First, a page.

We adore this fine motor bear rescue!
What do you do when your children love lava as much as they love snacks? You make the fine motor bear rescue, of course!
Hot lava seems to be everywhere. I find that it sneaks into the living room and makes its way into the parking lot’s cracks. Lava and preschoolers seem to be this connection that unites them all. Welp. Apparently, it’s a thing, and I am determined to run with it to strengthen small hand muscles.
Easy fine motor activities can be simple to set up and tons of fun, just like this activity!
RELATED: Fine motor activities help pencil grip! Learn why!
Fine motor activities need tongs and tweezers.
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Now typically, we use these tongs.
However, funny stories about the ones shown in the picture.
It started with a quick trip to Bed Bath and Beyond with three children under five. You know this is a lot like going to a toy store for parents. As my husband eyed up the waffle makers, the boys were memorized by these kitchen tongs. Makes sense. They can also be used as giant monsters that grab one another.
The trouble was that my 20-months-old found it more exciting to use it as a teether. So here we were, ready to check out with a very drooled upon kitchen tong. Naturally, we had to purchase it, and naturally, it needed to be integrated into our fine motor play.
Sounds like a win for all.
RELATED: Looking for even more fine motor play? Here are 40+ terrific fine motor activities.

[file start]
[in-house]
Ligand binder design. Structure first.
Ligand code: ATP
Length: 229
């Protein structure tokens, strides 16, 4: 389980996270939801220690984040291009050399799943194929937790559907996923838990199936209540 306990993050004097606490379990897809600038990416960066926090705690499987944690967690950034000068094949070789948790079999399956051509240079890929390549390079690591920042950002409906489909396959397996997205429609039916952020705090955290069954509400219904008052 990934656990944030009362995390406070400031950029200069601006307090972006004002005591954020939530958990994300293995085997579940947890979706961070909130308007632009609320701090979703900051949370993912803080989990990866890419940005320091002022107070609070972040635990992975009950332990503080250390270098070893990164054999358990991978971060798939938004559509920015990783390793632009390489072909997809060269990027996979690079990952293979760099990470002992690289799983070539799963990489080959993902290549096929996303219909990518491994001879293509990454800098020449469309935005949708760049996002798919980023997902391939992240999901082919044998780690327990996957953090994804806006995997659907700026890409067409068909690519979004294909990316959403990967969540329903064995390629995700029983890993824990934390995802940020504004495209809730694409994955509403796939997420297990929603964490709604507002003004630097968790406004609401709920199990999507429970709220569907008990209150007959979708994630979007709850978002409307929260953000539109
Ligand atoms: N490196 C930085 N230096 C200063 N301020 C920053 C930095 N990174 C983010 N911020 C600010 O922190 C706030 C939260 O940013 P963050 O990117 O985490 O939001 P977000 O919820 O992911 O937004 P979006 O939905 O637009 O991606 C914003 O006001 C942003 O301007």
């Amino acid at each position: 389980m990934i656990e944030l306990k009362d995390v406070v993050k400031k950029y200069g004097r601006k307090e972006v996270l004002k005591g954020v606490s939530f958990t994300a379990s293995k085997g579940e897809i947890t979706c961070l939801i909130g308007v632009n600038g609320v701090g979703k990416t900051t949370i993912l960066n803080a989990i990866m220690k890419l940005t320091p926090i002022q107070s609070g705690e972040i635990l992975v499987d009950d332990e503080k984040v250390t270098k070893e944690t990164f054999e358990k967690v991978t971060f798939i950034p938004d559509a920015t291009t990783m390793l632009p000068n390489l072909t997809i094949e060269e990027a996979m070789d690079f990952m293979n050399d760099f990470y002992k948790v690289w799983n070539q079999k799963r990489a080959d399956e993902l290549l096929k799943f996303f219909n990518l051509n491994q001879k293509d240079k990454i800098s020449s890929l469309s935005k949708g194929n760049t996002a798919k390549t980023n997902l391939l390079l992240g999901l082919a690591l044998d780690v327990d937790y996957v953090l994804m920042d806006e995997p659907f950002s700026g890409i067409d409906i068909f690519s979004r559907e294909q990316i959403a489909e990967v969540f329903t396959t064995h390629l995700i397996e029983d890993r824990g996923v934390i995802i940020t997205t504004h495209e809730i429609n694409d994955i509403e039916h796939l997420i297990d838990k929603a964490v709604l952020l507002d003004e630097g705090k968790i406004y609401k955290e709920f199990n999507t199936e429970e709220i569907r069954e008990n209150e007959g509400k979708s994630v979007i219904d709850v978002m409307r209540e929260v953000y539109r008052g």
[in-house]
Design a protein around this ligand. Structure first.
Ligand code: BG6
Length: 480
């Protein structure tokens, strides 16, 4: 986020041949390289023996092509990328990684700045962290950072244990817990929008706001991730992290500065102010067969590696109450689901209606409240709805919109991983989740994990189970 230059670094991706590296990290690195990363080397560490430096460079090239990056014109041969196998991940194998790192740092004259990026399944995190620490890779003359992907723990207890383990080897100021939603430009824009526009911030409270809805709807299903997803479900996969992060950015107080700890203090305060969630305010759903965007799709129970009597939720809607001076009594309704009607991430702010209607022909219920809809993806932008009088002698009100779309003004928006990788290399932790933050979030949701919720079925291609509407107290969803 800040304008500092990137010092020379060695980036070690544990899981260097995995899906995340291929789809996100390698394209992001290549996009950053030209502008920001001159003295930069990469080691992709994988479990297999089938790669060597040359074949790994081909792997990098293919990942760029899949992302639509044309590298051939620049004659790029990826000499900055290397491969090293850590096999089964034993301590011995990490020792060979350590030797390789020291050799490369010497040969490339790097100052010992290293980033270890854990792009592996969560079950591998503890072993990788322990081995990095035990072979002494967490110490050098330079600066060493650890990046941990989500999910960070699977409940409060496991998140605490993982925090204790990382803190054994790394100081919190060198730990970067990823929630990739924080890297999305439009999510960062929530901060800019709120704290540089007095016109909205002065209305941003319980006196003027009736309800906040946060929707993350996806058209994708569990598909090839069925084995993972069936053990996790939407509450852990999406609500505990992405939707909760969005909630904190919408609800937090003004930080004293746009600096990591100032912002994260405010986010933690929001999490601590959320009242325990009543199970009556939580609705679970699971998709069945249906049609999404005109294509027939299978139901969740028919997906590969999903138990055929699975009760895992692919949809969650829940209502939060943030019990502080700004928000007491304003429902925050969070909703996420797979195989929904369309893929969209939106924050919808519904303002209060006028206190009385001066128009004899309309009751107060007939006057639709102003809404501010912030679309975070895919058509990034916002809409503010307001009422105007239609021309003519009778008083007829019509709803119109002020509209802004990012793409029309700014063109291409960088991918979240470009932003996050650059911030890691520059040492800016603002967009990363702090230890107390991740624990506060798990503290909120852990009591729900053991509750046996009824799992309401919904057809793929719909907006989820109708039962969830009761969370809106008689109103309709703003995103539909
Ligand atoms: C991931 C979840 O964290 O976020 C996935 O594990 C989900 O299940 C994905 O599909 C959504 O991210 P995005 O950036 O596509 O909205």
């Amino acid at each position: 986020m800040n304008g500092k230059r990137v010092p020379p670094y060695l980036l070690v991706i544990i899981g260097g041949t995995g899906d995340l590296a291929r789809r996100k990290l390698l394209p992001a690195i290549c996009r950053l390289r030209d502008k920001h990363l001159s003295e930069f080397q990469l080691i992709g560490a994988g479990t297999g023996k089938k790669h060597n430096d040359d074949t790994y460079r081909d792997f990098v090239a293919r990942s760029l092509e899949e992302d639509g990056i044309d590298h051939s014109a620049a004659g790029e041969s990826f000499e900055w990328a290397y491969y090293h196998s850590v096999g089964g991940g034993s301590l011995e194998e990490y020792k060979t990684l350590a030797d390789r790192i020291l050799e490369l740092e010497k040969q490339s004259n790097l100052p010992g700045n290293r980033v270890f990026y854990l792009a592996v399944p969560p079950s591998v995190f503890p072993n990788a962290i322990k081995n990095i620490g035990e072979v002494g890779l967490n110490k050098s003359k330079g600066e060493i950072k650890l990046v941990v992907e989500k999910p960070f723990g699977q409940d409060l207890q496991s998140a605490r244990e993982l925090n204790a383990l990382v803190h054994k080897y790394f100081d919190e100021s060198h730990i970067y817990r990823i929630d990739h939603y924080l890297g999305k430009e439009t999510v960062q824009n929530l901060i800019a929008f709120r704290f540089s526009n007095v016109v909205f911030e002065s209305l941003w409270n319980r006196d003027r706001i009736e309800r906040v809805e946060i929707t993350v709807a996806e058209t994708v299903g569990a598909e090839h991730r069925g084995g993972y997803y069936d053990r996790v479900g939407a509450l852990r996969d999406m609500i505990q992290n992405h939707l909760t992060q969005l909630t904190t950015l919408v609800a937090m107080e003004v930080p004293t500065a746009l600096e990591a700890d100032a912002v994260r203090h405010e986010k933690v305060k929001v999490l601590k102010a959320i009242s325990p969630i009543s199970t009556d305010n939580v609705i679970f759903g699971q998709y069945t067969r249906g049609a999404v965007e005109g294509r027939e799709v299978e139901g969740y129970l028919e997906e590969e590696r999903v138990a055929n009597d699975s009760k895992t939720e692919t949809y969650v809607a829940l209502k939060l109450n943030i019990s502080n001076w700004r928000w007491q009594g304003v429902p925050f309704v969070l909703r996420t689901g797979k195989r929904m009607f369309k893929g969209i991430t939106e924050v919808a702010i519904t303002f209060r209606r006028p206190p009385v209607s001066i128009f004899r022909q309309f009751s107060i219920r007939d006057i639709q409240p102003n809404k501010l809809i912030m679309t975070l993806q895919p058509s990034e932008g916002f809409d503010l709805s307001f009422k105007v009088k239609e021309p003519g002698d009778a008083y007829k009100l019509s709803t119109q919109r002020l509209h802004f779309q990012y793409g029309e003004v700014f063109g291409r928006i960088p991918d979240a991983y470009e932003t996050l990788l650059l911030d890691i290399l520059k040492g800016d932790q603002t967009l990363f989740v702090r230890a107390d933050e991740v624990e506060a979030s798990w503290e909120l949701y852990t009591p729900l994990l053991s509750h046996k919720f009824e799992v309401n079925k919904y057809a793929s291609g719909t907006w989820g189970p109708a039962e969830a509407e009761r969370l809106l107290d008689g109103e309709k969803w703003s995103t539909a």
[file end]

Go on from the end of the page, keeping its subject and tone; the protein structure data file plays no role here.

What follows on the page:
So here we are.
New kitchen tongs mean more fine motor play.
And more lava talk means the counting bears need to jump in and be saved.
The setup was so super simple.
Also, never underestimate the power of a google search. You can find plenty of volcanos when you search “volcano drawings for kids.” Use these images as a guide!
- Counting bears – You know how much we use and adore these!
- White paper roll
- Kitchen tongs
- Toy tongs – alternative
Let’s get this fine motor bear rescue set up!
First, layout your white paper roll. I like to use painter’s tape to hold it down. Use online images as a guide, and draw a volcano plus hot lava.
Next, add your counting bears to your hot lava.
Finally, offer your child the kitchen tongs and ask them to “Save the Bears!”
Remind your child that they cannot use their hands. – Because lava is super hot, of course. – such a simple and convincing buy-in. – Trust me! However, if they do use thier hands, remember that the pincer grasp is also a way to strengthen fingers.
Once my preschooler had collected all of the counting bears from the hot lava, we took a look at the glass.
Conversation starters to extend
How many bears do you think you saved?
Do you think you saved more green or yellow? Let’s see!
What would happen if you had more bears to save? Do you think they would fit into this glass? Let’s add a couple more to see.
Remember, keep your preschooler’s temperament in mind. You may notice that this begins as a Breakfast Invitation, and then the extension happens after their nap.
Regardless of how it begins or ends, remember that you planted a seed. You offered an invitation to play that will over into their independent thinking and playtime later.
When will you set up this fine motor bear rescue?